A car crash. A dead girl. And the Kennedys: A fictionalized retelling of a Camelot scandal by an American literary icon
What begins as a starry-eyed chance encounter between 26-year-old Kelly Kelleher and The Senator quickly spirals into a nightmare: The Senator drunkenly crashes the car into the swamp and abandons Kelly to drown. As she suffocates alone, Kelly takes us on a psychotic autobiographical flashback of her life—her relationships, her fears, her hopes—while The Senator nonchalantly abandons her to her fate in the sinking car. It is a story told by a wide-eyed, eager young woman, but about a larger-than-life public figure who gets away with flippantly throwing away an innocent life. Black Water’s 160 short pages will chew you up and spit you out.
With a soft flick of her pen, Oates castigates two Republican presidents, chastises a Democratic dynasty, passes thinly-veiled judgment on a senatorial Goliath, and gives one “fictional” victim a timeless voice.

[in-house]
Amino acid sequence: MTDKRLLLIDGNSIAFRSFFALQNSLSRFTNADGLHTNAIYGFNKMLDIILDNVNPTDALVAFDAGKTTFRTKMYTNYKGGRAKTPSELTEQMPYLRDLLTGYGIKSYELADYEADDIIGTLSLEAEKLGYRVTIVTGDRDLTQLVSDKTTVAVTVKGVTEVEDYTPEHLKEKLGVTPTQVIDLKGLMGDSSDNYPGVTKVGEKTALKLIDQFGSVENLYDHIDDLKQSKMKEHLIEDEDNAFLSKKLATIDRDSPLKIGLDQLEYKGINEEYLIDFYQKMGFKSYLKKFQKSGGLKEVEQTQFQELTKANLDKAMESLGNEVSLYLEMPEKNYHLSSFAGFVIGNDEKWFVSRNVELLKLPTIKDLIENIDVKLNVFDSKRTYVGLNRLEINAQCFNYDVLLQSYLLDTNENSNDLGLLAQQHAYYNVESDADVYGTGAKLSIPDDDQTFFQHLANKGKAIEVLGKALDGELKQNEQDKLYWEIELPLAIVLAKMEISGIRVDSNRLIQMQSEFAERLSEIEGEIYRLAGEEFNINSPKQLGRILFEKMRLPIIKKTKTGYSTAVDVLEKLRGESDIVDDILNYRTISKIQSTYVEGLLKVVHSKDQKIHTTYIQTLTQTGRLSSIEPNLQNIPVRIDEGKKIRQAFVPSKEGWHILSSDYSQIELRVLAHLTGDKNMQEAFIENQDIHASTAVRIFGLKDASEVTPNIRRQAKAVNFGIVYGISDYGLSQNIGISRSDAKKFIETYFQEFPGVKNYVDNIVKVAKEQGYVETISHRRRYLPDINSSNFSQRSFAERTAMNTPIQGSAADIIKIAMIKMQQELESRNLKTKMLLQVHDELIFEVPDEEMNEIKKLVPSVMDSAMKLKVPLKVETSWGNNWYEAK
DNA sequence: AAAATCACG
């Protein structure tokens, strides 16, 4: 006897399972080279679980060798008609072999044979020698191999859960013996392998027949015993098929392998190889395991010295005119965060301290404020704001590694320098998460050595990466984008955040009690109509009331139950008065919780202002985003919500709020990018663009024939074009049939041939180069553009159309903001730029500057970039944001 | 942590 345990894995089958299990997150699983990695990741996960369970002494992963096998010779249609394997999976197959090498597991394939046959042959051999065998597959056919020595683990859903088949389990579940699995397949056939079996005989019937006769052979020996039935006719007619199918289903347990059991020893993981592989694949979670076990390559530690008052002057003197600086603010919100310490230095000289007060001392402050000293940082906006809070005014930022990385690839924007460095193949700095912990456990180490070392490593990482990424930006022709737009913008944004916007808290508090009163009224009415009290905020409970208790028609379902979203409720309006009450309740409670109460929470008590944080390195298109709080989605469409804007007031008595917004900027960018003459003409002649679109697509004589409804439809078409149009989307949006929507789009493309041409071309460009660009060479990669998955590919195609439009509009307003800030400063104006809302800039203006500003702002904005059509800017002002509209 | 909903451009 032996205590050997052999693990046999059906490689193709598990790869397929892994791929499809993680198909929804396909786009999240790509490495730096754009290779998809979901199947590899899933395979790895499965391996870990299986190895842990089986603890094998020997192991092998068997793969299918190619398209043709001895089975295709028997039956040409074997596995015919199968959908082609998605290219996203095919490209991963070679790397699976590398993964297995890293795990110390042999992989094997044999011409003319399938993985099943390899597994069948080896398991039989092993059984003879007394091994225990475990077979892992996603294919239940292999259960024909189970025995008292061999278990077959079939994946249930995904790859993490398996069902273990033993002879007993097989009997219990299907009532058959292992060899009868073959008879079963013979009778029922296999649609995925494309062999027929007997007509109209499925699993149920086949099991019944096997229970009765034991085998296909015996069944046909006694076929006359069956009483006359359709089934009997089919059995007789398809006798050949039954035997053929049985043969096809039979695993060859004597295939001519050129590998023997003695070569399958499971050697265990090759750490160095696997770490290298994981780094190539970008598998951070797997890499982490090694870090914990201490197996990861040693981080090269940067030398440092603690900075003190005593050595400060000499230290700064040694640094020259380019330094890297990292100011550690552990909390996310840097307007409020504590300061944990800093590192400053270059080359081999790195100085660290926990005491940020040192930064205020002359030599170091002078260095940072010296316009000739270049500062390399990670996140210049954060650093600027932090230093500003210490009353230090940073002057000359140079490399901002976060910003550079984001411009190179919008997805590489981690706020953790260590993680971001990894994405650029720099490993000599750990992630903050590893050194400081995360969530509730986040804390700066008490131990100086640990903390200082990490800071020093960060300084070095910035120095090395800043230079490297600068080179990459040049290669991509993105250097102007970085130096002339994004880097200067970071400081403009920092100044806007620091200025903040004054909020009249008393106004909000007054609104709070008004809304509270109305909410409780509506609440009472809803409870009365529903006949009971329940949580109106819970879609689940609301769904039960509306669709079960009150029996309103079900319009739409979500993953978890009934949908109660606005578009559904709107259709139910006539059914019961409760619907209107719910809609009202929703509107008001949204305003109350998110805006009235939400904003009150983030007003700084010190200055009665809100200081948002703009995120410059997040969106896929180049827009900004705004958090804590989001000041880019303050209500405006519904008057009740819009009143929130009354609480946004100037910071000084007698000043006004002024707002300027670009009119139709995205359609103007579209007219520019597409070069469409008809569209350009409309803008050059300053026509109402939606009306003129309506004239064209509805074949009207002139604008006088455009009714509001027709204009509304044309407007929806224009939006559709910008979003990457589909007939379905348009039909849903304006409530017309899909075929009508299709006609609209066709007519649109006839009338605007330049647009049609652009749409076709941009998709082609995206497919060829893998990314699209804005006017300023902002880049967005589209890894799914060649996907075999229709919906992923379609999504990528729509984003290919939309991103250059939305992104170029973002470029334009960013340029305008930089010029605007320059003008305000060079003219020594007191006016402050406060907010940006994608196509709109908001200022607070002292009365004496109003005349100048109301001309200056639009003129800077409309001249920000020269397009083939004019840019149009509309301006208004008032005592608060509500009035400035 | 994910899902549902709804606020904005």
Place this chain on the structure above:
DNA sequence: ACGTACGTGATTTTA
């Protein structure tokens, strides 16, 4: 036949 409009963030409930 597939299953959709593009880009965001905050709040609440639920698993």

Joyce Carol Oates needs no introduction. One of America’s most respected contemporary writers, she published her first novel when she was 26-years-old and hasn’t stopped writing since. Oates has taught at Princeton University since 1978.
“Taut, powerfully imagined, and beautifully written, Black Water ranks with the best of … Joyce Carol Oates’s achievements. It can be read in a single afternoon … but it continues to haunt us.”
Happy reading and Happy Thanksgiving!